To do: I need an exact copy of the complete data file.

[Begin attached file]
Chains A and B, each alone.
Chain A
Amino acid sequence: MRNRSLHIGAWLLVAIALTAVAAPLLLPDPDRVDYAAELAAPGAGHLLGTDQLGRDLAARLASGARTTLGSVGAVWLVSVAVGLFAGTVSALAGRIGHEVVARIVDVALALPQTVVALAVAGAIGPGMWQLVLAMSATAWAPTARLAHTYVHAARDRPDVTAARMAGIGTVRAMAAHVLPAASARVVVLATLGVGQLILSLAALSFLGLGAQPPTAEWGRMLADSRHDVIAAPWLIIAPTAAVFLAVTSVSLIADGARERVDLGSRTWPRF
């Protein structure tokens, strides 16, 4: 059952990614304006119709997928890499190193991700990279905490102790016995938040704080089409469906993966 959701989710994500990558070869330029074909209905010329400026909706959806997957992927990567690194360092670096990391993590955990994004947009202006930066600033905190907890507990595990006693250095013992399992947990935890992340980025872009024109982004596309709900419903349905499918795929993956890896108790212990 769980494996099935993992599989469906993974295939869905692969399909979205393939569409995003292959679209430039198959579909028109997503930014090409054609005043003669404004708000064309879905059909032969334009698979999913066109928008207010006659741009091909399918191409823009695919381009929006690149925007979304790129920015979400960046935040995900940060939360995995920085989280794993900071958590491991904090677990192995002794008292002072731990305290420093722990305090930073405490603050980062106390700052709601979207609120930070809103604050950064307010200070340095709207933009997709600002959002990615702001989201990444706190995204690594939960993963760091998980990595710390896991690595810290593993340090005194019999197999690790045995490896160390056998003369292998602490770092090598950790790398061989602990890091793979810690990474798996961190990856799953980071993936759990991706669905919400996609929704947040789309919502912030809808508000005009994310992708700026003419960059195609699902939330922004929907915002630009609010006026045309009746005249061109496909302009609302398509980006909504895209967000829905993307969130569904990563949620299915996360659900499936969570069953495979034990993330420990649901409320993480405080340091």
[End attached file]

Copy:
Chains A and B, each alone.
Chain A
Amino acid sequence: MRNRSLHIGAWLLVAIALTAVAAPLLLPDPDRVDYAAELAAPGAGHLLGTDQLGRDLAARLASGARTTLGSVGAVWLVSVAVGLFAGTVSALAGRIGHEVVARIVDVALALPQTVVALAVAGAIGPGMWQLVLAMSATAWAPTARLAHTYVHAARDRPDVTAARMAGIGTVRAMAAHVLPAASARVVVLATLGVGQLILSLAALSFLGLGAQPPTAEWGRMLADSRHDVIAAPWLIIAPTAAVFLAVTSVSLIADGARERVDLGSRTWPRF
């Protein structure tokens, strides 16, 4: 059952990614304006119709997928890499190193991700990279905490102790016995938040704080089409469906993966 959701989710994500990558070869330029074909209905010329400026909706959806997957992927990567690194360092670096990391993590955990994004947009202006930066600033905190907890507990595990006693250095013992399992947990935890992340980025872009024109982004596309709900419903349905499918795929993956890896108790212990 769980494996099935993992599989469906993974295939869905692969399909979205393939569409995003292959679209430039198959579909028109997503930014090409054609005043003669404004708000064309879905059909032969334009698979999913066109928008207010006659741009091909399918191409823009695919381009929006690149925007979304790129920015979400960046935040995900940060939360995995920085989280794993900071958590491991904090677990192995002794008292002072731990305290420093722990305090930073405490603050980062106390700052709601979207609120930070809103604050950064307010200070340095709207933009997709600002959002990615702001989201990444706190995204690594939960993963760091998980990595710390896991690595810290593993340090005194019999197999690790045995490896160390056998003369292998602490770092090598950790790398061989602990890091793979810690990474798996961190990856799953980071993936759990991706669905919400996609929704947040789309919502912030809808508000005009994310992708700026003419960059195609699902939330922004929907915002630009609010006026045309009746005249061109496909302009609302398509980006909504895209967000829905993307969130569904990563949620299915996360659900499936969570069953495979034990993330420990649901409320993480405080340091």